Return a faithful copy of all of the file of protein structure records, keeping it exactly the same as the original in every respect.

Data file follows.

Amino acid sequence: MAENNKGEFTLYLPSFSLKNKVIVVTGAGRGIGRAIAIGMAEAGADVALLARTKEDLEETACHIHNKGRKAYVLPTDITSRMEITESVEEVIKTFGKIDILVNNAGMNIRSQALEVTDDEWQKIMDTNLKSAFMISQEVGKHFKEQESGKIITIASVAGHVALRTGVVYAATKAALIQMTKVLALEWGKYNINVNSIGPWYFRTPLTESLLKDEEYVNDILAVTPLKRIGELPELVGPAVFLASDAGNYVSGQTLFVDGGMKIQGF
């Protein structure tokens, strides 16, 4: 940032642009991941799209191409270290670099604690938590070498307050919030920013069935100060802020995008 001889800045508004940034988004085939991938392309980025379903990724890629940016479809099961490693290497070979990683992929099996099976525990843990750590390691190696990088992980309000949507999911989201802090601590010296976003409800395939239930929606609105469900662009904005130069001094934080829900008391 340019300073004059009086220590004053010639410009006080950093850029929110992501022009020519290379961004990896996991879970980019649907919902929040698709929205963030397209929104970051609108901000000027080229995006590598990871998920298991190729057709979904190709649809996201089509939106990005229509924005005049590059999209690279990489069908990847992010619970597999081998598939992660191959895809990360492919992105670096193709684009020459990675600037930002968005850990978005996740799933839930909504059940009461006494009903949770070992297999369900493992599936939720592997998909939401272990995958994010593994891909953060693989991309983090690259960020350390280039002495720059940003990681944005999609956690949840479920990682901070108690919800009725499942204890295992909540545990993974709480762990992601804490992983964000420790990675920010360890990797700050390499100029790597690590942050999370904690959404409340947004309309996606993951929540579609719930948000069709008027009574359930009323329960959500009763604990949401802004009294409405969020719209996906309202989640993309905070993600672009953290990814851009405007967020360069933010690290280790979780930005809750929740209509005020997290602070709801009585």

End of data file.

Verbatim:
Amino acid sequence: MAENNKGEFTLYLPSFSLKNKVIVVTGAGRGIGRAIAIGMAEAGADVALLARTKEDLEETACHIHNKGRKAYVLPTDITSRMEITESVEEVIKTFGKIDILVNNAGMNIRSQALEVTDDEWQKIMDTNLKSAFMISQEVGKHFKEQESGKIITIASVAGHVALRTGVVYAATKAALIQMTKVLALEWGKYNINVNSIGPWYFRTPLTESLLKDEEYVNDILAVTPLKRIGELPELVGPAVFLASDAGNYVSGQTLFVDGGMKIQGF
């Protein structure tokens, strides 16, 4: 940032642009991941799209191409270290670099604690938590070498307050919030920013069935100060802020995008 001889800045508004940034988004085939991938392309980025379903990724890629940016479809099961490693290497070979990683992929099996099976525990843990750590390691190696990088992980309000949507999911989201802090601590010296976003409800395939239930929606609105469900662009904005130069001094934080829900008391 340019300073004059009086220590004053010639410009006080950093850029929110992501022009020519290379961004990896996991879970980019649907919902929040698709929205963030397209929104970051609108901000000027080229995006590598990871998920298991190729057709979904190709649809996201089509939106990005229509924005005049590059999209690279990489069908990847992010619970597999081998598939992660191959895809990360492919992105670096193709684009020459990675600037930002968005850990978005996740799933839930909504059940009461006494009903949770070992297999369900493992599936939720592997998909939401272990995958994010593994891909953060693989991309983090690259960020350390280039002495720059940003990681944005999609956690949840479920990682901070108690919800009725499942204890295992909540545990993974709480762990992601804490992983964000420790990675920010360890990797700050390499100029790597690590942050999370904690959404409340947004309309996606993951929540579609719930948000069709008027009574359930009323329960959500009763604990949401802004009294409405969020719209996906309202989640993309905070993600672009953290990814851009405007967020360069933010690290280790979780930005809750929740209509005020997290602070709801009585």